Bardem takes SAG award for 'No Country for Old Men'


Javier Bardem
Javier Bardem

Spanish actor Javier Bardem accepts the award for outstanding performance by a male actor in a supporting role for his work in "No Country for Old Men," at the 14th Annual Screen Actors Guild Awards on Sunday, Jan. 27, 2008, in Los Angeles.

Mark J. Terrill/The Associated Press
Published: Sunday, January 27, 2008 at 9:14 p.m.
Last Modified: Sunday, January 27, 2008 at 9:14 p.m.

LOS ANGELES - Javier Bardem won the supporting-actor prize for "No Country for Old Men" and "The Sopranos" swept the TV drama categories Sunday at the Screen Actors Guild Awards, which could be the highlight of Hollywood's film-honors season if the writers strike undermines the Oscars.

With the SAG awards usually a reliable forecast for who will win at the Academy Awards, the victory may establish Bardem as the favorite there. He had kind words for Joel and Ethan Coen, who directed "No Country" and adapted the screenplay from Cormac McCarthy's novel.

"Thank you, guys, for hiring me, and thank you for taking the hard work of choosing the good takes instead of the ones where I really sucked," said Bardem, who won for his chilling role as a relentless killer tracking a fortune in missing drug money.

Though it wrapped several months ago, "The Sopranos" took all three TV drama categories to open the ceremony, with James Gandolfini and Edie Falco taking both lead-acting prizes and the entire ensemble joining them to accept the award for overall cast performance.

"Ten years ... I wish for everybody in every walk of life, but particularly for actors, to have the opportunity to have a work experience like I have had with my family here," Falco said. "You're not supposed to get this attached because it's a transient business. I have fallen in love with these people and I don't know how you walk away from that."

Minutes before, Gandolfini took the first trophy of the night in a star-studded ceremony something of an anomaly in this strike-hobbled awards season.

"This is our last official act as Sopranos together," Gandolfini said. "Here's to you guys. Thank you very much. It's been 10 years. It's been an honor. That's all I can say."

The guild's first-ever prizes for best stunt ensemble went to "The Bourne Ultimatum" for films and "24" for TV before the ceremony began.

Normally a lesser cousin to the Golden Globes and Oscars, the SAG Awards could end up being the biggest celebration this time around: The swanky Globes were canceled because of a strike by the Writers Guild of America, which refused to let its members work on the show, and the fate of the Oscars on Feb. 24 is in question because of the same labor quarrel.

Not so for the SAG honors. The actors union has been steadfast in support of striking writers, who in turn gave their blessing to the SAG ceremony.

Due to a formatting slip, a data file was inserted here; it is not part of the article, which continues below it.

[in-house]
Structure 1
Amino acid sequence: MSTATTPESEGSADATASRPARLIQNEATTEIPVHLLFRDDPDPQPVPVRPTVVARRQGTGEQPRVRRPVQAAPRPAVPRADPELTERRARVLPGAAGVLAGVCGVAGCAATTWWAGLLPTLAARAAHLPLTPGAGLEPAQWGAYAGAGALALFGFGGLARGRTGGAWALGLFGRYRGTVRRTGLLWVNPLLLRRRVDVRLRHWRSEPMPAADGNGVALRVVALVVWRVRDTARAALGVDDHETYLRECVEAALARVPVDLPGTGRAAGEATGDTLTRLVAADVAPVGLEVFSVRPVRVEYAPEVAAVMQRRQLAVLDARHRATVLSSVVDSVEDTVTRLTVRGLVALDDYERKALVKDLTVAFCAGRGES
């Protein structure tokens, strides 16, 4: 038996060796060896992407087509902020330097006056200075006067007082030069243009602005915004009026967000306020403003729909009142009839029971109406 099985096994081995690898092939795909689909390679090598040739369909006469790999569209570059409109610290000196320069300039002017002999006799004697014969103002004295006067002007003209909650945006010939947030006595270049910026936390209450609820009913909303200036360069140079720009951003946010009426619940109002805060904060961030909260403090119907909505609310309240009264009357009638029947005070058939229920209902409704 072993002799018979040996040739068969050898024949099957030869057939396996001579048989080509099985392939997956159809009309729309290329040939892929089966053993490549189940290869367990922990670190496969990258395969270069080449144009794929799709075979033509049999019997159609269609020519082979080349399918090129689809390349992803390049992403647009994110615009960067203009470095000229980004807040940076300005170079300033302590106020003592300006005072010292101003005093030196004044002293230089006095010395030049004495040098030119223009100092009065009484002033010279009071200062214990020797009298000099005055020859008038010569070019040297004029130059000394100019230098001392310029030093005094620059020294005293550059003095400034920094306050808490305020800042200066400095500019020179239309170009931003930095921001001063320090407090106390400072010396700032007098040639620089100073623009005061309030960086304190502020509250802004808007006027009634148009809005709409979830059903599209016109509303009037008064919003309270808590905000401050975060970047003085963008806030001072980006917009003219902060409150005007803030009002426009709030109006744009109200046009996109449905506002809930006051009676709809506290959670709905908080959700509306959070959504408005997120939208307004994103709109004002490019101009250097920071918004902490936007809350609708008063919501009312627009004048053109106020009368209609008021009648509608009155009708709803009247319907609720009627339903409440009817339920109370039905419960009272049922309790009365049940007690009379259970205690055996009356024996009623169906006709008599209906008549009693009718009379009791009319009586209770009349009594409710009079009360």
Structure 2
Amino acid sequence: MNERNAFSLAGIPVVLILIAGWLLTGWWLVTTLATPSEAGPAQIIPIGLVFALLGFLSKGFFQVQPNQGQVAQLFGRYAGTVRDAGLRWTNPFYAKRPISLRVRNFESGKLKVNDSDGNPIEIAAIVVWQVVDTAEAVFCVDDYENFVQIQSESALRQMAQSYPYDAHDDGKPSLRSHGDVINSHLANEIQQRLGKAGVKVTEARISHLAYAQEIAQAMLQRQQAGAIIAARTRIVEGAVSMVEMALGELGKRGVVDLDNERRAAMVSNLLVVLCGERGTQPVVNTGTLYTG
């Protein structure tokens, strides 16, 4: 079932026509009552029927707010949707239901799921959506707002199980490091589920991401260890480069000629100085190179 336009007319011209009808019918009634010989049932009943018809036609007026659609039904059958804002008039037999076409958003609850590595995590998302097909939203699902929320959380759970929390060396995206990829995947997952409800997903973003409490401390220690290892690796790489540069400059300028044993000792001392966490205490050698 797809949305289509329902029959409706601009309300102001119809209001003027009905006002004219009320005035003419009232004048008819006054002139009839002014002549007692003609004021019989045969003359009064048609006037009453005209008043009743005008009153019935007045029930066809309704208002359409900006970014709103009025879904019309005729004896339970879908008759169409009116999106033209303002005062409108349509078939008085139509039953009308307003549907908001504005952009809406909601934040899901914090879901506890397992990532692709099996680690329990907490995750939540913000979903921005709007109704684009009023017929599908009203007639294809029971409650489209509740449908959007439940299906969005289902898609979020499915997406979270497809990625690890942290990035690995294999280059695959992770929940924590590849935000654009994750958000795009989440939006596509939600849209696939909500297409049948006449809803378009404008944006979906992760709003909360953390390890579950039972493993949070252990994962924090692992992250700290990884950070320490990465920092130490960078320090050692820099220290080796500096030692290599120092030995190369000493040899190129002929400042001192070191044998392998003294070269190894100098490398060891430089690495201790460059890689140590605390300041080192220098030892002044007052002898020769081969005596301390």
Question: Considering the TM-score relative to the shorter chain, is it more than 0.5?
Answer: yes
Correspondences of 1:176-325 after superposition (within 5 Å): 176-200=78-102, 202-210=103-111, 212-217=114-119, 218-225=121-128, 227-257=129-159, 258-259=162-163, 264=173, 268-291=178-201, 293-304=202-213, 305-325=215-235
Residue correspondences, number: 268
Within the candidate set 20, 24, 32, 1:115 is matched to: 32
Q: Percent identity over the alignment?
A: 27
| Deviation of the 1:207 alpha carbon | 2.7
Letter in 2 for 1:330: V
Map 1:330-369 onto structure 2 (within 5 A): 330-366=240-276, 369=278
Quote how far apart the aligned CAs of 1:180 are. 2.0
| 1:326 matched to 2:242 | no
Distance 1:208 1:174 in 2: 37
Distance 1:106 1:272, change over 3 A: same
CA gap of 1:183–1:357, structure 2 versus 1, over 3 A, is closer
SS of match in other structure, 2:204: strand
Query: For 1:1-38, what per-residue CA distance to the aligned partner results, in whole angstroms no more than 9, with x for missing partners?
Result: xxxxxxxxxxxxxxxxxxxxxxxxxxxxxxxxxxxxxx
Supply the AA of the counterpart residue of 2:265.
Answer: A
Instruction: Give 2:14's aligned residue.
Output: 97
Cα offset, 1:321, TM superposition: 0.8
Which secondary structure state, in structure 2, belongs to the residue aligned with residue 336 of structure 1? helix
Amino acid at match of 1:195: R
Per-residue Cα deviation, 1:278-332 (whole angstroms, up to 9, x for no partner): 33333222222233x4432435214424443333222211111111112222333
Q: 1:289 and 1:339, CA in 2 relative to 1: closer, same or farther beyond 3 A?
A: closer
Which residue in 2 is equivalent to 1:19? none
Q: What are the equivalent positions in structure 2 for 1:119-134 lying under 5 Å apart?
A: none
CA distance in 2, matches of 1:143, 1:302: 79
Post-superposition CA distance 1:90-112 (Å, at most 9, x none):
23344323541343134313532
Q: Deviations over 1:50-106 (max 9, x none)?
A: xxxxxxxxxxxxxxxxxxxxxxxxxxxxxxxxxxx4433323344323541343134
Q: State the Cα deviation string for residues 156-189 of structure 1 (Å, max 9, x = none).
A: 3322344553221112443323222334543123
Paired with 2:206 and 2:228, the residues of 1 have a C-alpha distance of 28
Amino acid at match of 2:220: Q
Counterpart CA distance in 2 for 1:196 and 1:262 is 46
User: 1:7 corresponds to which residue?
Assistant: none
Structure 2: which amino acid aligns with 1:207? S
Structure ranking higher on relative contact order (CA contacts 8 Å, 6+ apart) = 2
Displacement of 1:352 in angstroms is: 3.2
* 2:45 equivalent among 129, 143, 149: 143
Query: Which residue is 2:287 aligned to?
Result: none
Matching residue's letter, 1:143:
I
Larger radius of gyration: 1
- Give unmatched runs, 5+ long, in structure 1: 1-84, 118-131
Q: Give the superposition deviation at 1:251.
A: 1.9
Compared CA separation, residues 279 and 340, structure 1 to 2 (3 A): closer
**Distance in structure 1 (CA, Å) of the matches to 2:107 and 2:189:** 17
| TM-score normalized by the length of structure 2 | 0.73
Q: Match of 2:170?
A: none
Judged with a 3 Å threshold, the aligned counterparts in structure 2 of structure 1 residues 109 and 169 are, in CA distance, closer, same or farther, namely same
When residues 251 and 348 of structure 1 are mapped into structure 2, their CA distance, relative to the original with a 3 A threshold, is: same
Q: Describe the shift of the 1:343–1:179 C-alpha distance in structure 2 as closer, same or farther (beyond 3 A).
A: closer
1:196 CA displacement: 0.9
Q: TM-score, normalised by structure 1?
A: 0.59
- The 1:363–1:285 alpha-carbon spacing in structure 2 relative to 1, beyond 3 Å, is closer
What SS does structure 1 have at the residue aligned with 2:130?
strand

Instead of the debacle for the Globes, which were curtailed to a star-free news conference after actors and filmmakers made it clear they would not cross writers' picket lines, the SAG ceremony came off with a full complement of Hollywood A-listers.

Early arrivals included Debra Messing and Christina Applegate, who ran right into each other on the red carpet. Ellen Page, nominated for an Oscar for her star turn as a pregnant schoolgirl in "Juno," chatted with reporters about her breakout year. And Adrian Grenier of "Entourage" turned the lens on his own entourage, photographing a friend with a small video camera he carried.

"We're really proud of the solidarity we've built with the Writers Guild," said Alan Rosenberg, SAG president. "Our members have understood that and taken it to heart. I was really moved by their decision not to go to the Golden Globes, our nominees. It's tough times, but it's been gratifying, as well."

Plans for the SAG Awards included a bit more gloss than usual, with the ceremony marking the union's 75th anniversary. The show will feature chandeliers, arches, wallpaper and other decor harking back to the 1930s, when the guild was founded.

But the event wasn't without its issues the weather. Heavy rain soaked a section of the red carpet before organizers could get a clear, plastic tent around it to protect the cadre of stars that began arriving more than an hour before showtime. The rain let up, however, and rays of the setting sun began peeking through the storm clouds.

"No Country for Old Men" also was nominated for overall cast performance, along with the Western "3:10 to Yuma," the crime tale "American Gangster, the musical "Hairspray" and the road drama "Into the Wild."

On Saturday, "No Country for Old Men" won top honors at the Directors Guild of America Awards for the Coen brothers. The winner there usually goes on to take home the directing Oscar.

If it also wins the cast prize from the actors guild, "No Country for Old Men" could emerge as the favorite to win best-picture at the Oscars.

As with the Golden Globes, the Writers Guild has made it clear that its members would not be allowed to work on the Oscars. While stars generally have said they would skip the show rather than cross picket lines, Oscar organizers insist their telecast will take place as scheduled.

Amy Ryan, a SAG and Oscar supporting-actress nominee for "Gone Baby Gone," said at the Directors Guild awards Saturday that she would not cross a picket line to attend the Oscars.

"I hope it ends but, more, I hope the writers get their due," Ryan said. "I think that, at the end of the day, is more important than a party. But I really hope it works out because I'd like to go to the party."

Many in Hollywood hope a new contract recently negotiated by the Directors Guild of America might help jump-start a deal between producers and writers, who went on strike Nov. 5 over their share of revenue from programming on the Internet and other new media.

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